As I recently posted, there are very good reasons why churches should be tax exempt. One Nashville church, though, found that its attempts to reach out to the poor and needy in the community resulted in a very large property tax bill. Their case is an example of the increasing attacks on church tax exemption.
Christ Church Nashville is a large, vibrant congregation in Nashville, Tennessee. The church completed an addition to its church building in 2004. The addition was designed for the purpose of outreach to the community. It contained an indoor playground, a chapel, a café connected to a bookstore, and an indoor gymnasium with a fitness center. Christ Church’s desire in constructing these facilities was to become a gathering place for the community. The church reasoned that there were people surrounding its campus that would not normally come into a traditional church, so it sought to open itself to those people as a place of gathering and religious outreach.
The fitness center operated on a suggested donation of a very small amount, and immediately became a favorite place for youth in the community. It was staffed by a full-time pastor who saw many youth involved in drugs and destructive social behavior turn their lives over to Christ through the ministry of the fitness facility.
The café/bookstore was staffed by a full-time pastor and became a favorite place for many individuals in the community. Stories abound of people who sought refuge at the café and bookstore during difficult times in their lives. The pastor would counsel them, give them books from the bookstore to help them in their struggles, and even provide food free of charge to the hungry.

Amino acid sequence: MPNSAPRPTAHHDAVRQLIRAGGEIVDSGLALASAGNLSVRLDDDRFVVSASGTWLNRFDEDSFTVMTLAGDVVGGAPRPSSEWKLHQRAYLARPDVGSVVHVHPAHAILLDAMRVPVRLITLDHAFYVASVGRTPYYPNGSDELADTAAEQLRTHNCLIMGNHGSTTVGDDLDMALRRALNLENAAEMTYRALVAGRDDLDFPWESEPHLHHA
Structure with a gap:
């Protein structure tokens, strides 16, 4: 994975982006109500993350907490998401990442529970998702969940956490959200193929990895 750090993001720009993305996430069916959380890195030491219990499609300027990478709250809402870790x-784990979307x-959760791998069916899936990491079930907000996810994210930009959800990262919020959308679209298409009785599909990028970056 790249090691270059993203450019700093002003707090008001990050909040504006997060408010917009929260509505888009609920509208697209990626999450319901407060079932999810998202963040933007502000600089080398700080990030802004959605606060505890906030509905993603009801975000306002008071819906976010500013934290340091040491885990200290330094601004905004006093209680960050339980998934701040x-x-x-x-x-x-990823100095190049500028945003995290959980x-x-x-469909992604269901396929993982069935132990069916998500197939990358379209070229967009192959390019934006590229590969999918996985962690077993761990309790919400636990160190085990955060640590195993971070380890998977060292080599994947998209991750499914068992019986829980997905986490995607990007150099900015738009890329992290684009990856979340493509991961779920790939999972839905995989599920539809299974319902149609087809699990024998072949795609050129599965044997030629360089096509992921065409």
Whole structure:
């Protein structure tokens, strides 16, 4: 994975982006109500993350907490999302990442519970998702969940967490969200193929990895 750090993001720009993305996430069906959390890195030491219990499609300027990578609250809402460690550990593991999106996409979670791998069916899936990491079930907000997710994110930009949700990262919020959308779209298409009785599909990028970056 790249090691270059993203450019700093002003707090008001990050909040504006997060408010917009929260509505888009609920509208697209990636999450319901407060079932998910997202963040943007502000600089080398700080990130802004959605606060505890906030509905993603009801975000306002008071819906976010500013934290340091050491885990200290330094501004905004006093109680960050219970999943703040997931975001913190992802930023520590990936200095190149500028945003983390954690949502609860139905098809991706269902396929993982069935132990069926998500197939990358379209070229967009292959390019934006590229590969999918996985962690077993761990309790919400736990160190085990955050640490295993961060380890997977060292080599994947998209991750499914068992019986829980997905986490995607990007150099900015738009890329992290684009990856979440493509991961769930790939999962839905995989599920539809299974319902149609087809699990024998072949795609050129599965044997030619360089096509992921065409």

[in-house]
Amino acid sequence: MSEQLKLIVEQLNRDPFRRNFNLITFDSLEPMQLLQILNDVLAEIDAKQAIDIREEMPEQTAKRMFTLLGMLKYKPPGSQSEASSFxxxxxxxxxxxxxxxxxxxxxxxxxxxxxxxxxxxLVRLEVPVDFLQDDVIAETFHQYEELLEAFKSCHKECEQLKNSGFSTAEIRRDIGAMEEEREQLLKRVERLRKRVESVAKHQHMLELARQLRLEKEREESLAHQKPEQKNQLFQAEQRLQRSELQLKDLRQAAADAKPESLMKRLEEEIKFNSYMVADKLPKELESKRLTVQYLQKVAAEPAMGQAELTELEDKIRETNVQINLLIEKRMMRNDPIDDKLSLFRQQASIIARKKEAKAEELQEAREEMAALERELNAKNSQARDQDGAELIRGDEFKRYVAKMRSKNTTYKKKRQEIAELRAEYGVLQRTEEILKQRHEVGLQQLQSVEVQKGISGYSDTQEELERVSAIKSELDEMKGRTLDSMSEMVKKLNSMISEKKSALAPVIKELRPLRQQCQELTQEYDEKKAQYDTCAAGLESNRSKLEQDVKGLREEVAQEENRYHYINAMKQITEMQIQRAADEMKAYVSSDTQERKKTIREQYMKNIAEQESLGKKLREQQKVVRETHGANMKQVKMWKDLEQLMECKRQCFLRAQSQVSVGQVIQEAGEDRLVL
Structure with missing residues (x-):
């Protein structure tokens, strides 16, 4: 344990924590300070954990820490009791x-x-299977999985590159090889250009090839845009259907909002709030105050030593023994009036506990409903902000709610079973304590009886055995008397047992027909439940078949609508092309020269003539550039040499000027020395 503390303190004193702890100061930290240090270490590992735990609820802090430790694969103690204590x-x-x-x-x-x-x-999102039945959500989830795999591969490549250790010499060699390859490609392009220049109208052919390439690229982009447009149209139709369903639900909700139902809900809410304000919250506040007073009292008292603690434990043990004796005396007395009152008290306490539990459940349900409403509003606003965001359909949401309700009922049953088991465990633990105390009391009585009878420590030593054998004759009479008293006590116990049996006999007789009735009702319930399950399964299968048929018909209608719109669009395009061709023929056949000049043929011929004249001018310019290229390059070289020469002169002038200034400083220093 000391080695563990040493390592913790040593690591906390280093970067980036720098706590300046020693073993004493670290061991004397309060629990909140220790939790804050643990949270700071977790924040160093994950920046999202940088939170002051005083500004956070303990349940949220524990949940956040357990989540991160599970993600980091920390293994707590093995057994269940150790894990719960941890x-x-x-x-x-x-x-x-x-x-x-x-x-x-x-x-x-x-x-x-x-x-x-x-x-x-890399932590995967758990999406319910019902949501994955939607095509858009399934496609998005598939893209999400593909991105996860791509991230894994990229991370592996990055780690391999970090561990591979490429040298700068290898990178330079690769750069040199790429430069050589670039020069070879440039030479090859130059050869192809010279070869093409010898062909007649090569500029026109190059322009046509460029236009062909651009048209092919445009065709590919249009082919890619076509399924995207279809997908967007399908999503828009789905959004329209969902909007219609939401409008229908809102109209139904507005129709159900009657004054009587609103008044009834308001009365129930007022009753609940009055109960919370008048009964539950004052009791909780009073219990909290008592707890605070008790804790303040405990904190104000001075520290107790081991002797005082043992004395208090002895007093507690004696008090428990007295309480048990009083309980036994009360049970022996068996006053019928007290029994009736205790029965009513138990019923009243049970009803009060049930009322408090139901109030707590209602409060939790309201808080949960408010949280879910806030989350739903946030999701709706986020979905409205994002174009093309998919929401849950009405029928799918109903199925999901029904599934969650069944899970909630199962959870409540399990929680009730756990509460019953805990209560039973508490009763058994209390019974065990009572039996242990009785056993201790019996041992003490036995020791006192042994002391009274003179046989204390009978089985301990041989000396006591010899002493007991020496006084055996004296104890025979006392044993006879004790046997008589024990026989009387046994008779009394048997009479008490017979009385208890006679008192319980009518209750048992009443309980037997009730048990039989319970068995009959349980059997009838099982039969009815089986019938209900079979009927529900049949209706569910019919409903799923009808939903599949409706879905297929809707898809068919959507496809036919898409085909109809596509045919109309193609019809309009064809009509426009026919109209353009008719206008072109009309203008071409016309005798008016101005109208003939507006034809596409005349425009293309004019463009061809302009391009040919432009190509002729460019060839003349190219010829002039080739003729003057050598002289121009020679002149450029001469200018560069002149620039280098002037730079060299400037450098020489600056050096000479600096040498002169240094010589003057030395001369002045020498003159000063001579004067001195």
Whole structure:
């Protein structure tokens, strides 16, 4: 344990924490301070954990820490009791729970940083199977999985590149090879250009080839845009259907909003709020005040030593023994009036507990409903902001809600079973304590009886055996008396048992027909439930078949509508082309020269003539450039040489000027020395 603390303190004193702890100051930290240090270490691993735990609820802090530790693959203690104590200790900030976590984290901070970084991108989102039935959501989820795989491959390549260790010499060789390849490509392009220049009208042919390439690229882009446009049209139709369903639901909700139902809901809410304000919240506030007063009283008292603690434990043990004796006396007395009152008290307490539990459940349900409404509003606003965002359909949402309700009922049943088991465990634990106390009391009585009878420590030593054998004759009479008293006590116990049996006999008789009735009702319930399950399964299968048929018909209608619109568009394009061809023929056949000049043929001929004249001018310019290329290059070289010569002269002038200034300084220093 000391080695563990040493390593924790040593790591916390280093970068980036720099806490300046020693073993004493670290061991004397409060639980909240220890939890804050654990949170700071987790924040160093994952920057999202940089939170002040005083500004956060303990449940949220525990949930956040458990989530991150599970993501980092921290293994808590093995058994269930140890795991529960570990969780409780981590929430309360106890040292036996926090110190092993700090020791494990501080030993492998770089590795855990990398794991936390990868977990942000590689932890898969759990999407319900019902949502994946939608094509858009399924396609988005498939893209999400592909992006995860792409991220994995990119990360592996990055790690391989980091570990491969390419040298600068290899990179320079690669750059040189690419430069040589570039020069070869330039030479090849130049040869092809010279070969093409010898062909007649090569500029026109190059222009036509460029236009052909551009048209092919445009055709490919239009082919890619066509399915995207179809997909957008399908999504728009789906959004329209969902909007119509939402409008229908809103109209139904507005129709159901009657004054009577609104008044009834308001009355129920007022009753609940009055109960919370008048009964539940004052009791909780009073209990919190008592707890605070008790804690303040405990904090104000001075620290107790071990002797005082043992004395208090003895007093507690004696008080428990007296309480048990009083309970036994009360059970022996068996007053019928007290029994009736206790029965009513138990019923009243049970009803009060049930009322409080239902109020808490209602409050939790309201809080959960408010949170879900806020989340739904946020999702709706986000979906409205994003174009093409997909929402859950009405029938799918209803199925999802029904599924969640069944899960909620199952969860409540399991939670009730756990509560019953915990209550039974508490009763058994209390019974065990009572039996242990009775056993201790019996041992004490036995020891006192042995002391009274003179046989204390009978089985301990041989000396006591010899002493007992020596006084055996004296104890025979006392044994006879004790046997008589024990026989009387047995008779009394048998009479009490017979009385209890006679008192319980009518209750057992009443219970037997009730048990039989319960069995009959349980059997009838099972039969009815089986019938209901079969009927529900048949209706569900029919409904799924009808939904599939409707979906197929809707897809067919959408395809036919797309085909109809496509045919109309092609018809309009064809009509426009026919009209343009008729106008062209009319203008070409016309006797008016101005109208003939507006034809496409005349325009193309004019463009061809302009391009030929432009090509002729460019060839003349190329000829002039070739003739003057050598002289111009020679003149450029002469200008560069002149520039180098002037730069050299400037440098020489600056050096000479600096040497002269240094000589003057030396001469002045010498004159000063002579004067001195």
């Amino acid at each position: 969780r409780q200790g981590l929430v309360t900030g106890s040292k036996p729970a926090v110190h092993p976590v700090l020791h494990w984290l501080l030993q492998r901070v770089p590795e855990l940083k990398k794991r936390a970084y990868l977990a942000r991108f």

In 2007, a representative of the taxing authority toured the facility and made a determination that the café/bookstore and the fitness center were “retail” areas and should be taxed. The taxing authorities did not see these areas of the church for the mission-oriented areas they were. The church never made any money on either the fitness center or the café/bookstore. In fact, the church gave away much more than it took in. And for good reason – these areas were not moneymakers for the church. They were ways to reach out to the community to share the love of Christ with those in the vicinity of the church. Yet because the taxing authorities refused to see the value of what the church was doing, they slapped the church with tens of thousands of dollars in property taxes.
The church appealed the taxes and is being represented by ADF. This case is important because it represents a direct attack on the tax-exempt status of a church that wanted to reach out beyond the four walls of the church to draw in the community. The government should not be allowed to tax churches simply because it thinks, in its own judgment, that a church is not fulfilling a religious mission or purpose.
We continue to fight on behalf of Christ Church Nashville to protect it from arbitrary taxation. If your church is facing something similar, or you know of a church that is, please contact ADF. We stand ready to defend the Church’s right to be free from taxation—free of charge.